Challenge for Asean on its golden year
Marking half a century of struggles, victories and memories is a momentous occasion. That is why its symbol is precious and enduring gold.
One is expected to have gained wisdom and strength at 50, and to do something more special and that will make a lasting difference than what has been done in earlier years—perhaps a cause greater than the person or organization.
The Association of Southeast Asian Nations turns 50 this year. One of its major challenges at 50 is the plastics pollution in the region’s seas. The problem can be traced to unregulated plastics production, waste management failures, and the prevailing throwaway culture of consumers in five Asean countries.
Studies show that the oceans—from the tropical Pacific to the freezing Arctic—are now filled with 275 million tons of plastic. Every year, 8 million metric tons of plastics find their way to the oceans, equivalent to five grocery bags filled with plastics for every foot of coastline in the world.
Most plastics ultimately sink, damaging life on the seabed. The rest float in open seas, forming garbage patches, or accumulate in closed bays, gulfs and beaches. The Ellen McArthur Foundation estimates that plastics in the ocean will outweigh fish by 2050.
A 2015 study named Indonesia, the Philippines, Vietnam, Thailand and Malaysia as some of the biggest sources of plastics pollution in the world’s oceans. Accordingly, the Asean countries, due to their lengthy coastlines and high plastic usage, are some of the primary sources of marine plastics globally.
The adverse impacts of the plastics pollution of the oceans are serious, long-term and widespread.
Plastics kill and injure marine life. Scientists have observed that fatal entanglement in, and ingestion of, marine debris by marine animals has increased by 40 percent in the last decade. For example, 90 percent of seabirds worldwide have ingested plastic, according to a National Academy of Sciences study conducted in 2015. The death of these animals comes from starvation and debilitation, with plastics cutting their stomachs or taking up space, making them feel “full” when in fact they are starving.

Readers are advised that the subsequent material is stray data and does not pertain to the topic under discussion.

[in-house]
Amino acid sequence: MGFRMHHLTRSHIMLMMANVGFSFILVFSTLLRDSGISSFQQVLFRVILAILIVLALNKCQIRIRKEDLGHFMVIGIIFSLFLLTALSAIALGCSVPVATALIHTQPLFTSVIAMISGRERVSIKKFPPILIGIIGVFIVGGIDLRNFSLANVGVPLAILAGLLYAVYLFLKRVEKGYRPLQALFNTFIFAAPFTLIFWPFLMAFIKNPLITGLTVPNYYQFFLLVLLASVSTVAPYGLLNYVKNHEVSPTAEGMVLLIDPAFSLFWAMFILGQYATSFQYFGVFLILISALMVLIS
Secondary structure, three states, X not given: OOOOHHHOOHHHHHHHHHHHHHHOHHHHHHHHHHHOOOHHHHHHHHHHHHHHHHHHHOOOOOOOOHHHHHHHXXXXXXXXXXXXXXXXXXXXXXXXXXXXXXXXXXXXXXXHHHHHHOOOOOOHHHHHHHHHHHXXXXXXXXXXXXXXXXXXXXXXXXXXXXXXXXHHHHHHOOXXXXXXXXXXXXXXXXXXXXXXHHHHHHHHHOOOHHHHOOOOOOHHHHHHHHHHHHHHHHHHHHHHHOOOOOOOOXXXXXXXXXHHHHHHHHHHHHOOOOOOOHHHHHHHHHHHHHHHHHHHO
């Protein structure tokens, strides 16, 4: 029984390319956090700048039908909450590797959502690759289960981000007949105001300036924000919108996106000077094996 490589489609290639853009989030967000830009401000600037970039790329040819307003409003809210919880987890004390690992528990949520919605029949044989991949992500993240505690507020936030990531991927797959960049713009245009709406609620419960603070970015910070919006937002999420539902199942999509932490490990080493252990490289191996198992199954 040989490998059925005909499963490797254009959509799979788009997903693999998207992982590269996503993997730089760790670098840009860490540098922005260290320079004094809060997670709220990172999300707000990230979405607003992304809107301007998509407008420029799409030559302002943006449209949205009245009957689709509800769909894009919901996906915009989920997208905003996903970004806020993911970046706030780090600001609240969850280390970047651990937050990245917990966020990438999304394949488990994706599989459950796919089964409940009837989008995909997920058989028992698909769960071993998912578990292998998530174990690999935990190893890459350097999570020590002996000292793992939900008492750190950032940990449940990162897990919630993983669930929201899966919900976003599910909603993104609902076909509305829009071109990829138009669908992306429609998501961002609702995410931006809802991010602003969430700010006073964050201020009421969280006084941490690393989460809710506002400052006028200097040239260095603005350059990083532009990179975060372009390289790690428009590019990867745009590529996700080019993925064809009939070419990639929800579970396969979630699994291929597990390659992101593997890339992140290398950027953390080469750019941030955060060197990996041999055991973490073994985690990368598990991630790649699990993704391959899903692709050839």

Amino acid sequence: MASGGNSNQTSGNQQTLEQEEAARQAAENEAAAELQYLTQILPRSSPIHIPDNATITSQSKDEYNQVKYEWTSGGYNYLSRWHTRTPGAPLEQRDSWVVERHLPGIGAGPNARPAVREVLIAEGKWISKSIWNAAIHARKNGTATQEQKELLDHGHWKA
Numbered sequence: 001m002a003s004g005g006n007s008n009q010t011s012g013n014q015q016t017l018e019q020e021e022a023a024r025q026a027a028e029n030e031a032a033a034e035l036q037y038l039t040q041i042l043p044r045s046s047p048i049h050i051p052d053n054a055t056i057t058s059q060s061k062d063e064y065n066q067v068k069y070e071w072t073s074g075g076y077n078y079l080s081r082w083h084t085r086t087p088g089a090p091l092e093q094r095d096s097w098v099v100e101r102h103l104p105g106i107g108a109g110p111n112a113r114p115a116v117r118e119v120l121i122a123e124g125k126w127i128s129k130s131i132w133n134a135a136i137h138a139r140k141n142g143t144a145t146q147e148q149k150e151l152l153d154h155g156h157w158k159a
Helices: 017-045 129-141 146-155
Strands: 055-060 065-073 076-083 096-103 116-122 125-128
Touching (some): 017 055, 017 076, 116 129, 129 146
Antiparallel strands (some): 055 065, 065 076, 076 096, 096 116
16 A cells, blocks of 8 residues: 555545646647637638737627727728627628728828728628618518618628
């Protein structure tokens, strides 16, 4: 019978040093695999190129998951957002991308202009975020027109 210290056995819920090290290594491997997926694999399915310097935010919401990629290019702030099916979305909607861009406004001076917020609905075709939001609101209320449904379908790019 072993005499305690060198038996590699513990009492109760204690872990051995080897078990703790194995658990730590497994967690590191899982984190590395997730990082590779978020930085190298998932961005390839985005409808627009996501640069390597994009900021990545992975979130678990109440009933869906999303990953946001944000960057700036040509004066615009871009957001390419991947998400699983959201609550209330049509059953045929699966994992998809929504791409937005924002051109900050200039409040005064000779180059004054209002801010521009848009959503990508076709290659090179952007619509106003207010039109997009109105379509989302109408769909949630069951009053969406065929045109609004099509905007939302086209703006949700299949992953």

Plastic particles transport potentially harmful chemicals and invasive species, such as microbial communities, algae, invertebrates and fish, to nonnative regions, disrupting the ecological balance.
Microbeads, which are made of tiny-size plastics for use in a range of household products, may cause damage to marine life and pose a risk to human consumption.
Plastics also damage tourism as they tend to strand and concentrate along shorelines and sandy beaches, posing a visual affront.
Previously, waste was made up of organic materials that would break down harmlessly. But due to the growing reliance on plastics, especially on single-use plastics, and synthetic fibers, the waste now produced is destined to pollute the oceans indefinitely.
This must stop.
The Asean Summit is the time for governments to commit to acting on the problem. As the current chair, the Philippines has announced that Asean’s 50th founding anniversary “will be an occasion for us to set the tone for the next 50 years.”
Asean governments do not have a specific regulation on single-use plastics production and management of plastics wastes and marine debris. The Philippines and Indonesia have been studying this problem and developing policies and solutions that may inspire regional commitment and action. Philippine Sen. Cynthia Villar has introduced Senate Resolution No. 329, “Directing the Senate Committee on Environment and Natural Resources to Conduct an Inquiry, in Aid of Legislation, on the Measures being Undertaken, if any, to Arrest the Philippines’ Prevalent Plastic Wastes Leakage into the Seas.” On the other hand, Indonesia has committed to a 70-percent reduction in marine waste within eight years.
If Asean can commit to considering a regional ban on single-use plastics and a regional action to address the plastics pollution of the oceans, it will truly be a golden milestone for the association and a great way for it to chart its course for the next 50 years.
Lawyer Zelda Soriano is the legal and political advisor of Greenpeace Southeast Asia.
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